If you ever run into a situation where your Angular application is taking too long to load, then this is the right post for you.

We are going to show you how to tackle this problem in a systematic, evidence-based approach.

We will first learn how to generate a performance profile for your bundle, to help identify the major performance culprits in your application.

From there, we are going to learn a couple of different ways to split up your application into smaller chunks, using the very latest performance features of Angular:

  • standalone lazy-loading
  • partial template loading

So without further let's get started with this Angular Performance Tuning deep dive!

Table of Contents

In this post, we will cover the following topics:

  • What type of metrics should you collect?
  • Setting up the source map explorer package
  • Make your application fully lazy-loaded in a simplified way using standalone components
  • Partial template loading with @defer
  • The bottom line

If you prefer to learn this content in video format, here is the video version of this post:

Angular Performance Tuning Crash Course

What type of metrics should you collect?

Let's start with the most important first!

The worst thing that we can do when trying to optimize your application is to fly blind, and base ourselves on gut feelings and trial and error.

The first thing that we need to do is to collect some data, some metrics.

And for that, we are going to use the source map explorer package.

So your first step should always be to generate some sort of bundle profile report.

This is a disk space usage visual report, that tells you what libraries and Angular components are taking the most space in your Javascript bundle.

This will allow you to know what parts of your application are taking the most space. This is essential.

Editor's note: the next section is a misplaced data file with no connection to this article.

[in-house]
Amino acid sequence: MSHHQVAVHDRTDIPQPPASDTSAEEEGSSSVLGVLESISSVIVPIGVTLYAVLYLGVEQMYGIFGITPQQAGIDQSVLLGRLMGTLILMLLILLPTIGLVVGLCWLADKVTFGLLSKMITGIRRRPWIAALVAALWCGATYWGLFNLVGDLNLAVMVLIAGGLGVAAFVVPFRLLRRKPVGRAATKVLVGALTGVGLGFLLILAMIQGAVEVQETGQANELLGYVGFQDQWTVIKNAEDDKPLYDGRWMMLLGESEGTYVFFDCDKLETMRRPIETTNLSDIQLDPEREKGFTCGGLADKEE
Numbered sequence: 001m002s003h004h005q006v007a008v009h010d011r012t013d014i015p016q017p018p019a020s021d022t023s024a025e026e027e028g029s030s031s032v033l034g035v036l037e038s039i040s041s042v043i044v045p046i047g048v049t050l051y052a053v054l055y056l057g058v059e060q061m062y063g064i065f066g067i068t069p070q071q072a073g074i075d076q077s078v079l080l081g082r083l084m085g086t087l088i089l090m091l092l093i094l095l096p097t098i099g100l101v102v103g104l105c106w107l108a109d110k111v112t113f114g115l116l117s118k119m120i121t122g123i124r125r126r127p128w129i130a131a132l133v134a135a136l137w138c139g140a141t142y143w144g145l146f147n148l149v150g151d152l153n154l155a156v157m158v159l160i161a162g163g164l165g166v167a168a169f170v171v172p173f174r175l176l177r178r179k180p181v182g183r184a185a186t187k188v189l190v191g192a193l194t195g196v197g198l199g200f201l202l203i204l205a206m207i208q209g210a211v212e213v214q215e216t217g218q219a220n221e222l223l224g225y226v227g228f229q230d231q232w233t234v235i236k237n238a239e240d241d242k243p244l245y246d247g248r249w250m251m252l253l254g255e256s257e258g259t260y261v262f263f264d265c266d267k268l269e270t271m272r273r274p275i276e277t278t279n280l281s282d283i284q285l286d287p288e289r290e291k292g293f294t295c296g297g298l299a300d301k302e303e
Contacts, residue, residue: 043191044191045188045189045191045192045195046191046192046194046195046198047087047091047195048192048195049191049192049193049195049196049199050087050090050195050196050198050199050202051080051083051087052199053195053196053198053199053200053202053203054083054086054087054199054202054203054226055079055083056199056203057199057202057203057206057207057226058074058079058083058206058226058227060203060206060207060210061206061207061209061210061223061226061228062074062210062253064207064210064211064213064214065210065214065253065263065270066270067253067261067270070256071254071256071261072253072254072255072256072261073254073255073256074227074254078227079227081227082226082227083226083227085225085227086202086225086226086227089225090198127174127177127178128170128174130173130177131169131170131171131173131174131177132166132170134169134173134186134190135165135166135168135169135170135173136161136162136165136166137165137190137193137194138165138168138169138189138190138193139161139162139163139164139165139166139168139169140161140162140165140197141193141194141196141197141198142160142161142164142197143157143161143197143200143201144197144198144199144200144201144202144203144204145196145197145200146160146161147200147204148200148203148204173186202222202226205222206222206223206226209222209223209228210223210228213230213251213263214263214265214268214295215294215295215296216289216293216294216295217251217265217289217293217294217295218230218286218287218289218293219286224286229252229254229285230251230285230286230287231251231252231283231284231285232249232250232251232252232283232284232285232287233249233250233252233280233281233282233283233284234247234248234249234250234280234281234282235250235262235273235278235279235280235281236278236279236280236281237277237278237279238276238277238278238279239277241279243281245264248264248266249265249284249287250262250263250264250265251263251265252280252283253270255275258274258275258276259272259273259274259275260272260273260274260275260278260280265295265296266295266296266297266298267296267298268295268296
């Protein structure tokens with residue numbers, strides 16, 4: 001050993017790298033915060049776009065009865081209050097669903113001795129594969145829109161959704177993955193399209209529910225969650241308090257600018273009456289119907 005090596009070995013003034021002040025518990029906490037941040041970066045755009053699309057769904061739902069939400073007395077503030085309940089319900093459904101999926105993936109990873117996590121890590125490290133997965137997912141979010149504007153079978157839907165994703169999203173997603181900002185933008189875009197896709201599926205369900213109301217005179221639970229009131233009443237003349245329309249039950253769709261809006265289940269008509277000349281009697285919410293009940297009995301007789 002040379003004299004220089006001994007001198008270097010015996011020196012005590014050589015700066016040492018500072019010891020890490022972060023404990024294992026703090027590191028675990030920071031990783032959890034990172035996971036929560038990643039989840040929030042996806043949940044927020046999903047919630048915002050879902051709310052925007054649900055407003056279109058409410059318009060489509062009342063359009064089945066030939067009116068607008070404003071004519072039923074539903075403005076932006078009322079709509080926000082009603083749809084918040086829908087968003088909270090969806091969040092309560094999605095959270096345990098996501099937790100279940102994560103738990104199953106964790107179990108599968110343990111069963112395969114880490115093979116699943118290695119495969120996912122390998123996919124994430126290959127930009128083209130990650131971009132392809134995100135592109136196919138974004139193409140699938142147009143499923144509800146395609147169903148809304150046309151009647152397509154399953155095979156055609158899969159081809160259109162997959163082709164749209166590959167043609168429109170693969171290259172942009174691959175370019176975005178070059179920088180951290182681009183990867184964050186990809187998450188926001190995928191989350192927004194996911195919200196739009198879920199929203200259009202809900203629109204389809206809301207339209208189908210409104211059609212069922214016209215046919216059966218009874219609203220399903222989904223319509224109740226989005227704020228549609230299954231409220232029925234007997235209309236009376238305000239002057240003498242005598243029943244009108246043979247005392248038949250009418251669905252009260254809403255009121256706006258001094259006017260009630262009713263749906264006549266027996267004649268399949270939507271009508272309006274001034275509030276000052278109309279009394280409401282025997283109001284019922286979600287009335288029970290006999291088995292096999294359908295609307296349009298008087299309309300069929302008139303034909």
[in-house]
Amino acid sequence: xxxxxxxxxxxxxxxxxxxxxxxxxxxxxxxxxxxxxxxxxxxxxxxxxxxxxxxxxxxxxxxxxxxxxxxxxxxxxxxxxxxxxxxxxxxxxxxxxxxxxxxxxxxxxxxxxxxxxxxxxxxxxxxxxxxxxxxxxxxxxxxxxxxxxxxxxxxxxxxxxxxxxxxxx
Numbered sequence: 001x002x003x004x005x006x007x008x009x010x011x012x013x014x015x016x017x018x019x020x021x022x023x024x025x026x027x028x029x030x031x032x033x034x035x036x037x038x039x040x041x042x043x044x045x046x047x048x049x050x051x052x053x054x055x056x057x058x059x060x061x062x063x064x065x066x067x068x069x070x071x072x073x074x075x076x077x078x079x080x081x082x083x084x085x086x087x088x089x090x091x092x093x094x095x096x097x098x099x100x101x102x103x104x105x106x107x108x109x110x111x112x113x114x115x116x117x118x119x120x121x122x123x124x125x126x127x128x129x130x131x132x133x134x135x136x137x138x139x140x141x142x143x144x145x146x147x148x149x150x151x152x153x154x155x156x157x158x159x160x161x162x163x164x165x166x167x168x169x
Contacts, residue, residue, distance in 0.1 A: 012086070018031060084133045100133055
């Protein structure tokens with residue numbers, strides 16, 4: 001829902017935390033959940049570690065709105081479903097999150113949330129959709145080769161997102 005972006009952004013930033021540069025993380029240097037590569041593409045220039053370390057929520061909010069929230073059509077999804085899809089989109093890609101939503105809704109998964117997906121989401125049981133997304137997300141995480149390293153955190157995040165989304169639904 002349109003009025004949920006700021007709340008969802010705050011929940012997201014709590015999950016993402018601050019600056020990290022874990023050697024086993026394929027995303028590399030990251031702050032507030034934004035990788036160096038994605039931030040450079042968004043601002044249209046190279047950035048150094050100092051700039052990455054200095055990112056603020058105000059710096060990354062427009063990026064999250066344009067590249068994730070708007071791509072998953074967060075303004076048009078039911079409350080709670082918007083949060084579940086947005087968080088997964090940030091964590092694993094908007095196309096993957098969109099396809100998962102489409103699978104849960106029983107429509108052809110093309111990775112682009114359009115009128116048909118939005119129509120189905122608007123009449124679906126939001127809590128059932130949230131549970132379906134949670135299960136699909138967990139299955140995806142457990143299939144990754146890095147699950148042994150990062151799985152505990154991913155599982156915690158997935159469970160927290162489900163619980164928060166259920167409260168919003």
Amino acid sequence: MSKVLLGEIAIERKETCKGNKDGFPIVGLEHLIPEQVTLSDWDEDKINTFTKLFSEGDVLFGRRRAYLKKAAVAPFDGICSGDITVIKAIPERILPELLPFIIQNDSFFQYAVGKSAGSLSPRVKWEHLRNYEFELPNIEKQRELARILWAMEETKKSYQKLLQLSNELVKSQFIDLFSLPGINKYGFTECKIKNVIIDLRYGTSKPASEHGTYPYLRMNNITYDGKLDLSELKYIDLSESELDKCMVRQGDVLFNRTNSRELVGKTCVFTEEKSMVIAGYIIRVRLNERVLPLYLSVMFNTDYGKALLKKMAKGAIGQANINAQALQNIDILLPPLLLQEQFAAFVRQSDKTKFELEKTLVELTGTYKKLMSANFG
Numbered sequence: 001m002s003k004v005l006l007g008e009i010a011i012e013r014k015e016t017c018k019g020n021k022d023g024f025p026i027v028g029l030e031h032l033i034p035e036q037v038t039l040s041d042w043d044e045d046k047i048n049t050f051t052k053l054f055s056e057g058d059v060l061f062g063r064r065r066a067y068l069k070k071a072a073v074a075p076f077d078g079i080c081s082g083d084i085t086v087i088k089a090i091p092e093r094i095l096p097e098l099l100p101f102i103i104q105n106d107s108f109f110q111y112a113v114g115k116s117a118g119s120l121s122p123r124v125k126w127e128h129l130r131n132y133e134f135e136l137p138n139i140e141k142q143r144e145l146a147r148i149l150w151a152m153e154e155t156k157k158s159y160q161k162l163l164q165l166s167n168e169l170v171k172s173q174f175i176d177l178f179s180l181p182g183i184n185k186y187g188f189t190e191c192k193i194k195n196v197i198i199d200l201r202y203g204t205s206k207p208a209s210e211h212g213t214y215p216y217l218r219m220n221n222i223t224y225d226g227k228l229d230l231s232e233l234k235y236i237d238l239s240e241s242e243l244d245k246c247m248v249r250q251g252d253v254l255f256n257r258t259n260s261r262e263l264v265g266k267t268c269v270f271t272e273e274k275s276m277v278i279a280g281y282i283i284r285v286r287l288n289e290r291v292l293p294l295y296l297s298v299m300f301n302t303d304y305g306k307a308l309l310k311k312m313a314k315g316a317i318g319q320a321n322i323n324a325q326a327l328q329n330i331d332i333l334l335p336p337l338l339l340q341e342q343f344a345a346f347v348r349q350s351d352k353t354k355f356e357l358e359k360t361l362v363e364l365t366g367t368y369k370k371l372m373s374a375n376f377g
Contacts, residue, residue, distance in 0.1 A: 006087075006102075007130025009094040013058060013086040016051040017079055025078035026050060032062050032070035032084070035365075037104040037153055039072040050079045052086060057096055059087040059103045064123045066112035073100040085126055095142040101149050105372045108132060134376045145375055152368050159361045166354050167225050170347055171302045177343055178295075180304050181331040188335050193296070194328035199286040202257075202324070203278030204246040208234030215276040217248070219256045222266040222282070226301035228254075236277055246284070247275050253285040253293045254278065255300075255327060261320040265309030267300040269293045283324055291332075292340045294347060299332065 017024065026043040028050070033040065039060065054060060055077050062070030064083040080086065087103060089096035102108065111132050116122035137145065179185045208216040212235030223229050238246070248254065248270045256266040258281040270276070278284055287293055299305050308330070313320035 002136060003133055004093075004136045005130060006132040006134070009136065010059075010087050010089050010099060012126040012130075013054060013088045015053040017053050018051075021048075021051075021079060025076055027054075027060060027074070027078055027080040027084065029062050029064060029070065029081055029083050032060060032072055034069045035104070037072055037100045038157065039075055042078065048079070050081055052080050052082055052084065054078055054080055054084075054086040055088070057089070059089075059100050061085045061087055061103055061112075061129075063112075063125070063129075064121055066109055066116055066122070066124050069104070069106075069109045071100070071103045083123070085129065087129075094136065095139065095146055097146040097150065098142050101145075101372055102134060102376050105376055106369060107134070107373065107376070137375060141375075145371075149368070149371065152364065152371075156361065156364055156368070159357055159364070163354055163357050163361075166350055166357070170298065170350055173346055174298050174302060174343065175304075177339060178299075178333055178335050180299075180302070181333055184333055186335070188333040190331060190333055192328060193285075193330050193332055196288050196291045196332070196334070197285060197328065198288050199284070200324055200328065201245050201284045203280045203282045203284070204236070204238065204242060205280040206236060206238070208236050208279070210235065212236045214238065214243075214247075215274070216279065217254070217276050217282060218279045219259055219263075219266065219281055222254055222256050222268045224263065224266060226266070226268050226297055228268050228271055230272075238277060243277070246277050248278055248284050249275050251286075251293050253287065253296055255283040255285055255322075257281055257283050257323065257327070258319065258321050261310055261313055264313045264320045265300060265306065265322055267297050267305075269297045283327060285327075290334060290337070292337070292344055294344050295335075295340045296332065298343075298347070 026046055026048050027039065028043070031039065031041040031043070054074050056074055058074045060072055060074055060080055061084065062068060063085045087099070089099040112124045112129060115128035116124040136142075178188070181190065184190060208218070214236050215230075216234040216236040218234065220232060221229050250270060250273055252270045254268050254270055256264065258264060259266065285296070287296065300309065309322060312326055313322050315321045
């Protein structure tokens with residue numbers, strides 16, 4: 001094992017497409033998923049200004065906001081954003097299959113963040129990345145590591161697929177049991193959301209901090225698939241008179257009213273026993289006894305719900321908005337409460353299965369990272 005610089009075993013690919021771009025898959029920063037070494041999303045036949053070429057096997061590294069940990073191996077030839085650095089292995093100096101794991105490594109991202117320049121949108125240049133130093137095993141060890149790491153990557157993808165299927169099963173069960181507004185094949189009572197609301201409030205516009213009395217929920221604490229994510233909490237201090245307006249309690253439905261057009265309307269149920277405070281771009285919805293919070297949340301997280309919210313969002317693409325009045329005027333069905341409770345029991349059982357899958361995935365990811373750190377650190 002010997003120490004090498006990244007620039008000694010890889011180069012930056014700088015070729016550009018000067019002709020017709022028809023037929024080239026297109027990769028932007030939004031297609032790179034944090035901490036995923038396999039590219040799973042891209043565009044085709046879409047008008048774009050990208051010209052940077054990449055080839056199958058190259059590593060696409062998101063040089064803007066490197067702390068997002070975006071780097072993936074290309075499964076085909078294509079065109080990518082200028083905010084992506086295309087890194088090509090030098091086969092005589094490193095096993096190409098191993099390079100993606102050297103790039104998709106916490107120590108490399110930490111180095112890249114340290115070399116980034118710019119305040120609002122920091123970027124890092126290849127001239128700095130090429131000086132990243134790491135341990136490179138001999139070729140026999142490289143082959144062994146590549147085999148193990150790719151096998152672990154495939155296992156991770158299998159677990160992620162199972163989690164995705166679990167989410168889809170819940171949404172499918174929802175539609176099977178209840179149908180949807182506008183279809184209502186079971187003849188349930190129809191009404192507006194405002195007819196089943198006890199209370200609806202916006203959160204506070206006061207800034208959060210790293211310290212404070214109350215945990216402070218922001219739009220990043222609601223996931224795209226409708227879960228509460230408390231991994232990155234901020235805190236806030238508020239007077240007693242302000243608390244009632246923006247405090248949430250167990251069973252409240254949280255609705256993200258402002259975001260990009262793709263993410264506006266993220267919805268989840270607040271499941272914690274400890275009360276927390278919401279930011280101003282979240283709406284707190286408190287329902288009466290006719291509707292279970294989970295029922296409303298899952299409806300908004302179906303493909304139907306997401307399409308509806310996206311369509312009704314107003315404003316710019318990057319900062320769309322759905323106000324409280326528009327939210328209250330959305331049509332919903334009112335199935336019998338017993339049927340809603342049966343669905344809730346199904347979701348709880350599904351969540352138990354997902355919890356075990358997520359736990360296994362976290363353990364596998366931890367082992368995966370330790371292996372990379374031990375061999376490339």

In order to collect this type of metrics, you will need the following profiling tool.

Setting up the source map explorer package

The first thing that we should do is to install the following package in our codebase:

npm install -g source-map-explorer

So once you have the package, you now need to use it to generate a report.

Here is the npm script that I usually use to generate my bundle report:

  "scripts": {
       "ng build --configuration production  
       --source-map && 
       source-map-explorer dist/browser/*.js"

This npm script report works in two parts:

  • First, we need to do a production build of our application. So we are going to run ng build --configuration production

  • once the uncompressed bundles are generated in your local file system, we are going to run the source-map-explorer package to generate a report.

I recommend that you add a similar npm script to your project so that you can easily generate a bundle space usage report at any time that you want.

So once you open the report, you are going to see something like this:

Angular performance tuning of an application bundle

Don't get scared by these bundle sizes, the actual main production bundle is much smaller than this. Remember that these bundles are uncompressed.

Once you have this report, you can start identifying components and libraries that you can lazy load into a separate bundle.

Look for heavy dependencies that are rarely used, like PDF-generation libraries, chart libraries, etc.

These tend to be used rarely by the user, so they are ideal candidates for code splitting.

Make your application fully lazy-loaded

Now you know what parts of your application take up the most space, so the next step is to make your application as lazy loaded as possible.

Ideally, every single screen of your application should be loaded in a separate bundle.

This is what I like to call a fully lazy-loaded application. But how do you make your application fully lazy-loaded?

The best way that you have available right now is to leverage the simplified lazy-loading features of standalone components.

So let me show you how simple it is to take a route of your router and make it lazy-loaded using Standalone components.

Here is a route with a screen that is currently not lazy-loaded:

export const routes: Routes = [
    path: 'courses/:courseUrl',
    component: WatchCourseComponent

Notice that if you were using NgModule components, making this screen lazy-loaded would be quite a chore.

But luckily, this application is already migrated to standalone components!

So all we have to do to make this screen lazy-loaded is to switch the use of component to loadComponent, like so: